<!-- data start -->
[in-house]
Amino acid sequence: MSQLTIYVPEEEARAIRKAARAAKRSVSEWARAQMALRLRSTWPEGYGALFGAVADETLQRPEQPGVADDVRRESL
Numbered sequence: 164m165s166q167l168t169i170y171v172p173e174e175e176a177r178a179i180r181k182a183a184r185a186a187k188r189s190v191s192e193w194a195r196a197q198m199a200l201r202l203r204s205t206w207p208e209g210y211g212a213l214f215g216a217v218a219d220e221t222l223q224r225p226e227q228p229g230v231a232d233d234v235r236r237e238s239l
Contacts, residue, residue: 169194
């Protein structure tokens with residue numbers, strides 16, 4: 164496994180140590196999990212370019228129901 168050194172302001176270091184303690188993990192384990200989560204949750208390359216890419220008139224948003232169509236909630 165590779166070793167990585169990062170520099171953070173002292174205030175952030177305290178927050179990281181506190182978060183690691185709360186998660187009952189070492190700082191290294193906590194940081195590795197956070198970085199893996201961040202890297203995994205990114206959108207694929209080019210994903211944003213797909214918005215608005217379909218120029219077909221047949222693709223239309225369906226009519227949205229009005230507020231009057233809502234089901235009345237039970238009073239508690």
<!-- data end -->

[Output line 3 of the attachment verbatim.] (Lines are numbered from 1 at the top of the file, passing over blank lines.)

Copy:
Numbered sequence: 164m165s166q167l168t169i170y171v172p173e174e175e176a177r178a179i180r181k182a183a184r185a186a187k188r189s190v191s192e193w194a195r196a197q198m199a200l201r202l203r204s205t206w207p208e209g210y211g212a213l214f215g216a217v218a219d220e221t222l223q224r225p226e227q228p229g230v231a232d233d234v235r236r237e238s239l